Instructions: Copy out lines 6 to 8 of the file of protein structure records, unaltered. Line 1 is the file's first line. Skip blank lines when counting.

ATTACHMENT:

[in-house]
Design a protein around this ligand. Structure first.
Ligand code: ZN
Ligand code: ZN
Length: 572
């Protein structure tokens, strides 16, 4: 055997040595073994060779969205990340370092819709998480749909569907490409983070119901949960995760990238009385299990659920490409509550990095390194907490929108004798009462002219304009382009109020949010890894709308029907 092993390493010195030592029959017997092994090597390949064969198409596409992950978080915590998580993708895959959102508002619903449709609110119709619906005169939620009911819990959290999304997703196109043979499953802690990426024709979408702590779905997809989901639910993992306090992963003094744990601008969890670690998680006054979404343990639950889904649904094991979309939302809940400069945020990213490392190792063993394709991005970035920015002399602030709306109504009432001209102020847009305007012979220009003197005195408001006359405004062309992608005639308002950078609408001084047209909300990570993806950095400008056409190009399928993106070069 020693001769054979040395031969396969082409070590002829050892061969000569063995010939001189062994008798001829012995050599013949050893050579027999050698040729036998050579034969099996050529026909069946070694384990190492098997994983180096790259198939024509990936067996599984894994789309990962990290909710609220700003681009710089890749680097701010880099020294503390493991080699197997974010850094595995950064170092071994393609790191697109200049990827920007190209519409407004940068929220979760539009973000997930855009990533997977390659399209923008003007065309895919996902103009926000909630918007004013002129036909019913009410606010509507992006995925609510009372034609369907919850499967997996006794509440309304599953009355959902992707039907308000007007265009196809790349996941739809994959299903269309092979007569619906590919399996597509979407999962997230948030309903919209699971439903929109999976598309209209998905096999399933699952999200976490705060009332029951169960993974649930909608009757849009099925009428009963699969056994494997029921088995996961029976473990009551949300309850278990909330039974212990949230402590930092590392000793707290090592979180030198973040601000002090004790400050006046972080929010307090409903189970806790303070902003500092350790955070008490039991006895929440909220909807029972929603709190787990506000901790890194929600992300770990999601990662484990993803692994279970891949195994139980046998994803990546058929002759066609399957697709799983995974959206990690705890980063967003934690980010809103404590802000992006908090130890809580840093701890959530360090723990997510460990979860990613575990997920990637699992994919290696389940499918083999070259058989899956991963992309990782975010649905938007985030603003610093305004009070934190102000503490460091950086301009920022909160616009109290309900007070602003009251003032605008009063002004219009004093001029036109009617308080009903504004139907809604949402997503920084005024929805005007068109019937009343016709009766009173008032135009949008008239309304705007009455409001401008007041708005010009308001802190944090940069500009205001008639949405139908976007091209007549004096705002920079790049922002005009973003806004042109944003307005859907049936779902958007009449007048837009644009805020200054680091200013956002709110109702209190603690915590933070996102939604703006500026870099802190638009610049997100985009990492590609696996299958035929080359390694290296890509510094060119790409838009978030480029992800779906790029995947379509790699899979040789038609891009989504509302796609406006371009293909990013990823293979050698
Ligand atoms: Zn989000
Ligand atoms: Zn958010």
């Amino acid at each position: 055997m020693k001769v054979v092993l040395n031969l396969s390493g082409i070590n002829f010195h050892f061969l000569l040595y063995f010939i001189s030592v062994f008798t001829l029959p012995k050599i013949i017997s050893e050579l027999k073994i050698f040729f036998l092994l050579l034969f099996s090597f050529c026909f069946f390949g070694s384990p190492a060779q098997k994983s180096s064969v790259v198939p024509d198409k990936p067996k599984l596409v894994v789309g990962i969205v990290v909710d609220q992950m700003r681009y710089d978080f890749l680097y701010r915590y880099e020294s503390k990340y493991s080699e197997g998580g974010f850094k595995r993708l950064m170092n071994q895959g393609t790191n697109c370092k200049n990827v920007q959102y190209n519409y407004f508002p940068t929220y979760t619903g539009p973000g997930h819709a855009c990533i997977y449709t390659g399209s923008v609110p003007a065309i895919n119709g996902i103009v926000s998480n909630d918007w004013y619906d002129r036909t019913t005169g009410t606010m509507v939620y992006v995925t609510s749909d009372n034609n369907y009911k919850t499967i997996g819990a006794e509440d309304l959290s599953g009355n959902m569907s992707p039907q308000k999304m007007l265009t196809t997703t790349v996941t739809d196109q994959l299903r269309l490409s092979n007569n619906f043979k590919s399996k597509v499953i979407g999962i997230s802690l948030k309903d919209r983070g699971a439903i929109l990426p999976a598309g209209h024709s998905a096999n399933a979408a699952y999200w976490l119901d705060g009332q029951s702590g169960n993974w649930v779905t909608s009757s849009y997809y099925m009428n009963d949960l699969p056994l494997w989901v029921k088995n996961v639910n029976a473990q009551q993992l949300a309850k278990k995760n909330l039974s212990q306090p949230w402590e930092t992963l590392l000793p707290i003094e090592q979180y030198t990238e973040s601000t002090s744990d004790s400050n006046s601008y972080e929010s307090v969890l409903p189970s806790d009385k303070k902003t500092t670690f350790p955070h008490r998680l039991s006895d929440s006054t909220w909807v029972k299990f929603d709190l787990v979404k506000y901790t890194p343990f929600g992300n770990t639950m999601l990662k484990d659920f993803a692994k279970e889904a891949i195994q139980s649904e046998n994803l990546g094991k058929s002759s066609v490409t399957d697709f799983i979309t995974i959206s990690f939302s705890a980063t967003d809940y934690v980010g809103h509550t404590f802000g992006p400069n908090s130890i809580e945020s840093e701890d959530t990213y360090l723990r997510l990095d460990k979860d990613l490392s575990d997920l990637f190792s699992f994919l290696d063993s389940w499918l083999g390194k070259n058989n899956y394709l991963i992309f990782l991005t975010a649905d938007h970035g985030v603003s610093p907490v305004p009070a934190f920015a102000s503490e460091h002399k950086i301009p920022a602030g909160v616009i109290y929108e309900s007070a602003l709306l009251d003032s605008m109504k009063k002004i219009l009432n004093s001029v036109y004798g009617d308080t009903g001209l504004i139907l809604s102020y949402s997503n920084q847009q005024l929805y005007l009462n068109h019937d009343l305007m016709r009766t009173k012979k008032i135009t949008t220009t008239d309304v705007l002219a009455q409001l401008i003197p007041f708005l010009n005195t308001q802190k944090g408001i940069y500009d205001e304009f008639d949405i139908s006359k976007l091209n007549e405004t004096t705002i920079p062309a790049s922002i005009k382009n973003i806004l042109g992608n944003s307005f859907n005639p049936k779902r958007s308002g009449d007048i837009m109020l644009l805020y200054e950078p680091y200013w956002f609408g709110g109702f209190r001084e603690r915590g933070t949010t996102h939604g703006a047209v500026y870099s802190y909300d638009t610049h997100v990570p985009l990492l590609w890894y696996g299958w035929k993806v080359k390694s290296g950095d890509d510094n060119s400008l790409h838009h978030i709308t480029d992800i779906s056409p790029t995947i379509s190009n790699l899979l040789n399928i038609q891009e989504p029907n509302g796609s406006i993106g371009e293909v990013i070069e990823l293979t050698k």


């Protein structure tokens, strides 16, 4: 055997040595073994060779969205990340370092819709998480749909569907490409983070119901949960995760990238009385299990659920490409509550990095390194907490929108004798009462002219304009382009109020949010890894709308029907 092993390493010195030592029959017997092994090597390949064969198409596409992950978080915590998580993708895959959102508002619903449709609110119709619906005169939620009911819990959290999304997703196109043979499953802690990426024709979408702590779905997809989901639910993992306090992963003094744990601008969890670690998680006054979404343990639950889904649904094991979309939302809940400069945020990213490392190792063993394709991005970035920015002399602030709306109504009432001209102020847009305007012979220009003197005195408001006359405004062309992608005639308002950078609408001084047209909300990570993806950095400008056409190009399928993106070069 020693001769054979040395031969396969082409070590002829050892061969000569063995010939001189062994008798001829012995050599013949050893050579027999050698040729036998050579034969099996050529026909069946070694384990190492098997994983180096790259198939024509990936067996599984894994789309990962990290909710609220700003681009710089890749680097701010880099020294503390493991080699197997974010850094595995950064170092071994393609790191697109200049990827920007190209519409407004940068929220979760539009973000997930855009990533997977390659399209923008003007065309895919996902103009926000909630918007004013002129036909019913009410606010509507992006995925609510009372034609369907919850499967997996006794509440309304599953009355959902992707039907308000007007265009196809790349996941739809994959299903269309092979007569619906590919399996597509979407999962997230948030309903919209699971439903929109999976598309209209998905096999399933699952999200976490705060009332029951169960993974649930909608009757849009099925009428009963699969056994494997029921088995996961029976473990009551949300309850278990909330039974212990949230402590930092590392000793707290090592979180030198973040601000002090004790400050006046972080929010307090409903189970806790303070902003500092350790955070008490039991006895929440909220909807029972929603709190787990506000901790890194929600992300770990999601990662484990993803692994279970891949195994139980046998994803990546058929002759066609399957697709799983995974959206990690705890980063967003934690980010809103404590802000992006908090130890809580840093701890959530360090723990997510460990979860990613575990997920990637699992994919290696389940499918083999070259058989899956991963992309990782975010649905938007985030603003610093305004009070934190102000503490460091950086301009920022909160616009109290309900007070602003009251003032605008009063002004219009004093001029036109009617308080009903504004139907809604949402997503920084005024929805005007068109019937009343016709009766009173008032135009949008008239309304705007009455409001401008007041708005010009308001802190944090940069500009205001008639949405139908976007091209007549004096705002920079790049922002005009973003806004042109944003307005859907049936779902958007009449007048837009644009805020200054680091200013956002709110109702209190603690915590933070996102939604703006500026870099802190638009610049997100985009990492590609696996299958035929080359390694290296890509510094060119790409838009978030480029992800779906790029995947379509790699899979040789038609891009989504509302796609406006371009293909990013990823293979050698
Ligand atoms: Zn989000
Ligand atoms: Zn958010």